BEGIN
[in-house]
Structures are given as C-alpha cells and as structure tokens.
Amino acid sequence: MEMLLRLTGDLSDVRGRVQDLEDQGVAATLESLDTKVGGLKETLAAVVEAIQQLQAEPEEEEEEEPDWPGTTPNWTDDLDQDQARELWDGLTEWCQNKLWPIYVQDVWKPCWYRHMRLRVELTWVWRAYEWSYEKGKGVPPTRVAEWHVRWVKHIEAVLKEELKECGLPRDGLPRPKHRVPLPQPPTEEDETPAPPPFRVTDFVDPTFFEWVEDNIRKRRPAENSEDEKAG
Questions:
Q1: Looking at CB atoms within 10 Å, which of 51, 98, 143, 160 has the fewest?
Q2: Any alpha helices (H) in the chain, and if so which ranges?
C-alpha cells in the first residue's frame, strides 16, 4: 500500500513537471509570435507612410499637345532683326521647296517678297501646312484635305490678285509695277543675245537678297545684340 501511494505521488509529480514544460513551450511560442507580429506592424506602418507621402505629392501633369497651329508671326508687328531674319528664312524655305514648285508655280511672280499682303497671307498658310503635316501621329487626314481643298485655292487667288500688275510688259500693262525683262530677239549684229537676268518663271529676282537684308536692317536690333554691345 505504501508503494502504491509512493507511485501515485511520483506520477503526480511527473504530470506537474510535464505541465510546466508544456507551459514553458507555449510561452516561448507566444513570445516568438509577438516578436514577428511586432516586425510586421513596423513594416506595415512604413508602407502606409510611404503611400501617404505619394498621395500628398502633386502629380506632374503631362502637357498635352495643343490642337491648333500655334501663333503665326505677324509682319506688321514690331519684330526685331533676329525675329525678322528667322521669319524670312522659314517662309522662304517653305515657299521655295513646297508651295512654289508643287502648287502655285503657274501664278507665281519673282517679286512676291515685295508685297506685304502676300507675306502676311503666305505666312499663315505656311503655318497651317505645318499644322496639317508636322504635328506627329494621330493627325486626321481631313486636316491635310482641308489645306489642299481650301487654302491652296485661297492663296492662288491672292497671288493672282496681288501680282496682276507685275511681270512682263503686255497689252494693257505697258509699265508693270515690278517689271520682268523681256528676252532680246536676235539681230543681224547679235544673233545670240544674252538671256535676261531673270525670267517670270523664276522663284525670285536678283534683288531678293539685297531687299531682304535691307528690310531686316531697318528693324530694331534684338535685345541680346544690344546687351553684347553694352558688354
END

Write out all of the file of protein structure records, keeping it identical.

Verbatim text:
[in-house]
Structures are given as C-alpha cells and as structure tokens.
Amino acid sequence: MEMLLRLTGDLSDVRGRVQDLEDQGVAATLESLDTKVGGLKETLAAVVEAIQQLQAEPEEEEEEEPDWPGTTPNWTDDLDQDQARELWDGLTEWCQNKLWPIYVQDVWKPCWYRHMRLRVELTWVWRAYEWSYEKGKGVPPTRVAEWHVRWVKHIEAVLKEELKECGLPRDGLPRPKHRVPLPQPPTEEDETPAPPPFRVTDFVDPTFFEWVEDNIRKRRPAENSEDEKAG
Questions:
Q1: Looking at CB atoms within 10 Å, which of 51, 98, 143, 160 has the fewest?
Q2: Any alpha helices (H) in the chain, and if so which ranges?
C-alpha cells in the first residue's frame, strides 16, 4: 500500500513537471509570435507612410499637345532683326521647296517678297501646312484635305490678285509695277543675245537678297545684340 501511494505521488509529480514544460513551450511560442507580429506592424506602418507621402505629392501633369497651329508671326508687328531674319528664312524655305514648285508655280511672280499682303497671307498658310503635316501621329487626314481643298485655292487667288500688275510688259500693262525683262530677239549684229537676268518663271529676282537684308536692317536690333554691345 505504501508503494502504491509512493507511485501515485511520483506520477503526480511527473504530470506537474510535464505541465510546466508544456507551459514553458507555449510561452516561448507566444513570445516568438509577438516578436514577428511586432516586425510586421513596423513594416506595415512604413508602407502606409510611404503611400501617404505619394498621395500628398502633386502629380506632374503631362502637357498635352495643343490642337491648333500655334501663333503665326505677324509682319506688321514690331519684330526685331533676329525675329525678322528667322521669319524670312522659314517662309522662304517653305515657299521655295513646297508651295512654289508643287502648287502655285503657274501664278507665281519673282517679286512676291515685295508685297506685304502676300507675306502676311503666305505666312499663315505656311503655318497651317505645318499644322496639317508636322504635328506627329494621330493627325486626321481631313486636316491635310482641308489645306489642299481650301487654302491652296485661297492663296492662288491672292497671288493672282496681288501680282496682276507685275511681270512682263503686255497689252494693257505697258509699265508693270515690278517689271520682268523681256528676252532680246536676235539681230543681224547679235544673233545670240544674252538671256535676261531673270525670267517670270523664276522663284525670285536678283534683288531678293539685297531687299531682304535691307528690310531686316531697318528693324530694331534684338535685345541680346544690344546687351553684347553694352558688354